Hello my lovely friends and welcome to reading week, where everything’s made up and how long you consecutively wear pj’s doesn’t matter.
A few weeks ago I finished the book When Everything Feels Like the Movies by Raziel Reid and then subsequently began my one-woman campaign to ensure that every living soul in Canada read this novel. In case you haven’t read it, the synopsis on the back cover reads:
“School is just like a film set: there’s The Crew, who make things happen, The Extras who fill the empty desks, and The Movie Stars, whom everyone wants tagged in their Facebook photos. But Jude doesn’t fit in. He’s not part of The Crew because he isn’t about to do anything unless it’s court-appointed; he’s not an Extra because nothing about him is anonymous; and he’s not a Movie Star because even though everyone know his name like an A-lister, he isn’t invited to the cool parties. As the director calls action, Jude is the flamer that lights the set on fire.
Before everything turns to ashes from the resulting inferno, Jude drags his best friend Angela off the casting couch and into enough melodrama to incite the paparazzi, all while trying to fend off the haters and win the heart of his favourite co-star Luke Morris. It’s a total train wreck!
But train wrecks always make the front page.”
This novel, in short, is the story of Jude, an openly gay teenager who loves to wear his mother’s clothes and has a particular flare with makeup but, not surprisingly, isn’t exactly well received by his peers. He uses connections to movie sets and stardom as an escape from his otherwise disjointed, painful, and challenging life. Jude’s point of view is jarring, rude, and delightfully convincing, and consistent.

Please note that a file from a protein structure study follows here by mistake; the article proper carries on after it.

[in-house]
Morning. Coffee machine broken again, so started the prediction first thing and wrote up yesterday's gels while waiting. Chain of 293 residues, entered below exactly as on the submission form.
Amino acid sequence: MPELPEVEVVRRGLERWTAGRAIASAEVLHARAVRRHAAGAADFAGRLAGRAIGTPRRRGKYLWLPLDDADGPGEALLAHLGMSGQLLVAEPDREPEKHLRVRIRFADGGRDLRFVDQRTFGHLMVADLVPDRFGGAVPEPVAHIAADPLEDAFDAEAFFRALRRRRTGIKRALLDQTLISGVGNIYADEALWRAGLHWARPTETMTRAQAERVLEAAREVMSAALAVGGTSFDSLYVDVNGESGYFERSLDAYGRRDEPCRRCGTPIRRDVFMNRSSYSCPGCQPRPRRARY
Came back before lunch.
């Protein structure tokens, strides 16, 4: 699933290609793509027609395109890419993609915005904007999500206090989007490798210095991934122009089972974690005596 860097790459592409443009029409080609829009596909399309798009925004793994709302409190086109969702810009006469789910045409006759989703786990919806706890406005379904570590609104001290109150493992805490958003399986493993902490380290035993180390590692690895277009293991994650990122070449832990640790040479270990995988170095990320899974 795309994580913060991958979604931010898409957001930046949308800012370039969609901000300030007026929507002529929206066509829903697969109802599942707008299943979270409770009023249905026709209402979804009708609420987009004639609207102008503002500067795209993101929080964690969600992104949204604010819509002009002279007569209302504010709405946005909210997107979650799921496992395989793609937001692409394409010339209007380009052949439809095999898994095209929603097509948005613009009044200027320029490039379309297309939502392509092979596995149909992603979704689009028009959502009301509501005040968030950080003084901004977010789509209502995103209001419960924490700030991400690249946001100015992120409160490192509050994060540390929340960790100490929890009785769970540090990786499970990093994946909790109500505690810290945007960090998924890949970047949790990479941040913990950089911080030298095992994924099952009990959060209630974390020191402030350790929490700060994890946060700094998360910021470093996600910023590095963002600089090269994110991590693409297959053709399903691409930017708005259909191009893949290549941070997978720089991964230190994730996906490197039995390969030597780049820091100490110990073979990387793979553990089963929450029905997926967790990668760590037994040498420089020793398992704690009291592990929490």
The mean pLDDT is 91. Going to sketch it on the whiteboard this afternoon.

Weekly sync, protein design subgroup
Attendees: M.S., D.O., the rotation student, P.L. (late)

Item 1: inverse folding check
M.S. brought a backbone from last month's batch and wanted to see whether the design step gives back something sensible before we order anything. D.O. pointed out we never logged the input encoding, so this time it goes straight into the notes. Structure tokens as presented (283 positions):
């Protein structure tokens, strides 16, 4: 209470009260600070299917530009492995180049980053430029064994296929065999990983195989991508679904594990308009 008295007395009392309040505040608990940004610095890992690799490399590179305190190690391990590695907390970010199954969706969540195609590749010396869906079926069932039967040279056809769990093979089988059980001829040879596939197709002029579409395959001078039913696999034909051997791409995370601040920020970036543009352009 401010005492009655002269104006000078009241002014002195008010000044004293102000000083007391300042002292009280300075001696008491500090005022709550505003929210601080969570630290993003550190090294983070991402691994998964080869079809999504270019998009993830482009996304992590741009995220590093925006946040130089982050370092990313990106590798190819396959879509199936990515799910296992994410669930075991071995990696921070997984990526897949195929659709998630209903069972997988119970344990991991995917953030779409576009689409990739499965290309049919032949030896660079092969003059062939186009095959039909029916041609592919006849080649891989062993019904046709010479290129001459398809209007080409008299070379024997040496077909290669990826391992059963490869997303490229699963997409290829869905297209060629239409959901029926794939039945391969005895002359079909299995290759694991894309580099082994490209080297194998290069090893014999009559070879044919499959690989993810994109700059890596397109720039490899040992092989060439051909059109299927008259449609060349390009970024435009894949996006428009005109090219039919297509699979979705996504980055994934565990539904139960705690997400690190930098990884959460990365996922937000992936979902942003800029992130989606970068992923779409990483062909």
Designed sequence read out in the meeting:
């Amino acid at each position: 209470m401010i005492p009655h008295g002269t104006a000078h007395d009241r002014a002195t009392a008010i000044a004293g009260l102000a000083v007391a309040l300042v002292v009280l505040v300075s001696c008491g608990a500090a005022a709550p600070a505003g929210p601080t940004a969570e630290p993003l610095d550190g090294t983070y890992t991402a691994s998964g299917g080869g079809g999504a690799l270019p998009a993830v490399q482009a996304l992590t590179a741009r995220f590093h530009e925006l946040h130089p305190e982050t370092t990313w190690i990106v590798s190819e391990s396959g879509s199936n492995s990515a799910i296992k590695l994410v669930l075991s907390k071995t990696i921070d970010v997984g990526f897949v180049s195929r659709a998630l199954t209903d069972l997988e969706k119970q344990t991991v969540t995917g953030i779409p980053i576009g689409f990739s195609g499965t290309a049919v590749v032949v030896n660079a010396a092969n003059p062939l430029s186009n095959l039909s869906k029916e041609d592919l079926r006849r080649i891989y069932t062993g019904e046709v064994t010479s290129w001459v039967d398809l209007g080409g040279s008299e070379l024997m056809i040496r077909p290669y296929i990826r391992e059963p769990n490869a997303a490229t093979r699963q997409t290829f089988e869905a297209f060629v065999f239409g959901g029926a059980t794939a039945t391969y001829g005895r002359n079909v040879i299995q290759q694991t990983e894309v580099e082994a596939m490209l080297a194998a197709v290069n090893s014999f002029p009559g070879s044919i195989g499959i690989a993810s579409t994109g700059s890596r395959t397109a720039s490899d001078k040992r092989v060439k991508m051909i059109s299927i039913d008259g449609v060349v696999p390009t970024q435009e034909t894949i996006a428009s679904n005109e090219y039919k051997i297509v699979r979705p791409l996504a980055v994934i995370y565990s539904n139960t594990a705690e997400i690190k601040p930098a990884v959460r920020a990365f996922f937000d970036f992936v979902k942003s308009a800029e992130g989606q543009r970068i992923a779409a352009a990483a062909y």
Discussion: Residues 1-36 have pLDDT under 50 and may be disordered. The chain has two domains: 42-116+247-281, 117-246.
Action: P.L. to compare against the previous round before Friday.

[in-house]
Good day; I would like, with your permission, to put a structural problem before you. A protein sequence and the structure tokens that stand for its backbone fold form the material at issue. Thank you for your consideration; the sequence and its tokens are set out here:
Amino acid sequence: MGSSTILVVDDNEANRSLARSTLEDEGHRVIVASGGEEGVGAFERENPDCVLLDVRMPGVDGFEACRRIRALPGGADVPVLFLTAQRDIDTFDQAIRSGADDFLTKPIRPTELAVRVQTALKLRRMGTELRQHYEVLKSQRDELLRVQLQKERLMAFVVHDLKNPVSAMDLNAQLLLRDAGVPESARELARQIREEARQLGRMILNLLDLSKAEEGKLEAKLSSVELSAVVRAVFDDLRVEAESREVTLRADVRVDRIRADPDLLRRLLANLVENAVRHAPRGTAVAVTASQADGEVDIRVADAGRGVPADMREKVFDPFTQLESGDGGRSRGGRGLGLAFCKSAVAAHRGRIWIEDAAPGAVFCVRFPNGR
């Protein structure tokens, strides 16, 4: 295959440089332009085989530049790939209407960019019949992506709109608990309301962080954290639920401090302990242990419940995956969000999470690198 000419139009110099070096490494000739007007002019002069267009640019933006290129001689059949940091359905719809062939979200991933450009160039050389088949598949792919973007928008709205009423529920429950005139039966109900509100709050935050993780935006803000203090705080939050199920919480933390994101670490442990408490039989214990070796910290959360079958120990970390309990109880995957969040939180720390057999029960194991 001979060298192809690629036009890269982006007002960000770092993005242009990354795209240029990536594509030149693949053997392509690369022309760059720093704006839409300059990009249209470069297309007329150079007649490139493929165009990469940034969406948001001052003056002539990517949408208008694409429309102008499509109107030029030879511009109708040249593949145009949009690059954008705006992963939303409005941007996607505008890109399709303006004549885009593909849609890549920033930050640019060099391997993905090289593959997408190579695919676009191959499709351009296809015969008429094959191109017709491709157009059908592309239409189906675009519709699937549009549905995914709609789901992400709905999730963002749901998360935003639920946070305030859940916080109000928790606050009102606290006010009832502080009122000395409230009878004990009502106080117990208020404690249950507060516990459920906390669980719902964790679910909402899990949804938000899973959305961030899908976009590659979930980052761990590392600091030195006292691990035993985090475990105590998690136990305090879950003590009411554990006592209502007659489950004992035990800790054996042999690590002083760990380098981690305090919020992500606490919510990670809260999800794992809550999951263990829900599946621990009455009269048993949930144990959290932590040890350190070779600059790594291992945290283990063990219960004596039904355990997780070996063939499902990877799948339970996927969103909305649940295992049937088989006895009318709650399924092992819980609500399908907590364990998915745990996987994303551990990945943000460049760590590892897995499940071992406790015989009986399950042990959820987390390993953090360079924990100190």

Unfortunately, this novel has not been received in a universally positive light. As we saw in class, there has been backlash against the novel in an attempt to remove it from the Canada Reads list. I wonder, as I think many advocates of the novel have, why it is being criticized in this way.
Is it because Jude’s narration is rude and uses language that we, as adults, may not want around our children?
Or is it because we as a society are still not willing to accept the narration of a homosexual hero in a world that challenges our preconceptions of right and wrong, weird and acceptable?
YA novels delving into the themes of sex, growing up, broken families, coercive friendships, drugs, alcohol, and bullying are commonplace. Protagonists might use foul language, outline their sexual experiences, and challenge their situations and surrounding society and we don’t even bat an eye. It’s normal. It’s part of growing up.
But what if our protagonist is homosexual? What if his sexual encounters involve situations that challenge our heteronormative point of view? What if he has sexual fantasies about his male, married teacher? What if his crush is in a relatively functional, heterosexual relationship where Jude’s attention isn’t wanted? What if Jude knows something about his crush that we, as a society, aren’t comfortable with accepting? What if he’s gay too?
And, what if the ending leaves you torn apart and trying to reattach the shambles of your preconceived idea of who is right and wrong? What if it forces you to rewrite your entire worldview?
This novel’s messages are as challenging as they are important. They may be wrapped in language that seems a little excessive, but there are more important things at stake here than a couple of foul words. LGBT adolescents all over the world depend on us as a society changing our opinions of what is normal and acceptable. I hope to see the day when this book is not controversial and the ending doesn’t shock the reader into reevaluating their priorities. I hope our children grow up in a world that is 100% accepting of differences.
But we aren’t there yet. Which is why every person needs to read this book.
Anyone else read this novel? Thoughts?
Any other examples of censorship of novels that refuse to conform to sexual norms?
~Cayley van Aken~
(Reid, Raziel. When Everything Feels Like The Movies. Vancouver: Arsenal Pulp Press, 2014. Print.)